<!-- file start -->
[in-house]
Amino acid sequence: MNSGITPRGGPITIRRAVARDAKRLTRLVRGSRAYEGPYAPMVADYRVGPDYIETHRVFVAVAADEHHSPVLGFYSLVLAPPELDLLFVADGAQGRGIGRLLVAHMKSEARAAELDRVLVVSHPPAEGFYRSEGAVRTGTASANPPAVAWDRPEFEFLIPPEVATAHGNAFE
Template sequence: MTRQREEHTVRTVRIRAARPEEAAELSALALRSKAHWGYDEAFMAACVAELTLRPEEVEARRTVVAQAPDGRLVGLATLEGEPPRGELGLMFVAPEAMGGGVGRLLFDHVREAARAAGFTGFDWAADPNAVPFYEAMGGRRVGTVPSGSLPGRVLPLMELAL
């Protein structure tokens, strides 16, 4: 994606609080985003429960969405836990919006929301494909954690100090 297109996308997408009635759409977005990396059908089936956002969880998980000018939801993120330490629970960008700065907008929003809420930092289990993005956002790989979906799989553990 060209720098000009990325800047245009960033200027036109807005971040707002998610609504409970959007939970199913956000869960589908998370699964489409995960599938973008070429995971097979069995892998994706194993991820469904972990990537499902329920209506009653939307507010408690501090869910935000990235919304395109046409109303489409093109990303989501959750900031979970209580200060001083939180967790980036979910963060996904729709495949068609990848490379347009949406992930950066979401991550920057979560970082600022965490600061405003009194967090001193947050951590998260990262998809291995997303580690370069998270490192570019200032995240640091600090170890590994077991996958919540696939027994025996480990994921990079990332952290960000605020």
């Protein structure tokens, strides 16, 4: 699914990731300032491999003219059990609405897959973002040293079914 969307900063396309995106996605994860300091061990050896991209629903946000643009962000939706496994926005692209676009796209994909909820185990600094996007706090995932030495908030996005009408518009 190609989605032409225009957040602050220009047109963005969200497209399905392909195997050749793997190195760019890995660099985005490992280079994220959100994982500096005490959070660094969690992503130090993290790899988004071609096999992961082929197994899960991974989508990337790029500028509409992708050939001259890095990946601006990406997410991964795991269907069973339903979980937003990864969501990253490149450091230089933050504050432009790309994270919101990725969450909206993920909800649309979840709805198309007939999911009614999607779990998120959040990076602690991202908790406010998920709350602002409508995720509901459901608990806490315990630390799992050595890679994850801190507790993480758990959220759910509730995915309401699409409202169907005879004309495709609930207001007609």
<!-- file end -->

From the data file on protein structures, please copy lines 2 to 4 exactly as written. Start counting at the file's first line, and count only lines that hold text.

Amino acid sequence: MNSGITPRGGPITIRRAVARDAKRLTRLVRGSRAYEGPYAPMVADYRVGPDYIETHRVFVAVAADEHHSPVLGFYSLVLAPPELDLLFVADGAQGRGIGRLLVAHMKSEARAAELDRVLVVSHPPAEGFYRSEGAVRTGTASANPPAVAWDRPEFEFLIPPEVATAHGNAFE
Template sequence: MTRQREEHTVRTVRIRAARPEEAAELSALALRSKAHWGYDEAFMAACVAELTLRPEEVEARRTVVAQAPDGRLVGLATLEGEPPRGELGLMFVAPEAMGGGVGRLLFDHVREAARAAGFTGFDWAADPNAVPFYEAMGGRRVGTVPSGSLPGRVLPLMELAL
């Protein structure tokens, strides 16, 4: 994606609080985003429960969405836990919006929301494909954690100090 297109996308997408009635759409977005990396059908089936956002969880998980000018939801993120330490629970960008700065907008929003809420930092289990993005956002790989979906799989553990 060209720098000009990325800047245009960033200027036109807005971040707002998610609504409970959007939970199913956000869960589908998370699964489409995960599938973008070429995971097979069995892998994706194993991820469904972990990537499902329920209506009653939307507010408690501090869910935000990235919304395109046409109303489409093109990303989501959750900031979970209580200060001083939180967790980036979910963060996904729709495949068609990848490379347009949406992930950066979401991550920057979560970082600022965490600061405003009194967090001193947050951590998260990262998809291995997303580690370069998270490192570019200032995240640091600090170890590994077991996958919540696939027994025996480990994921990079990332952290960000605020």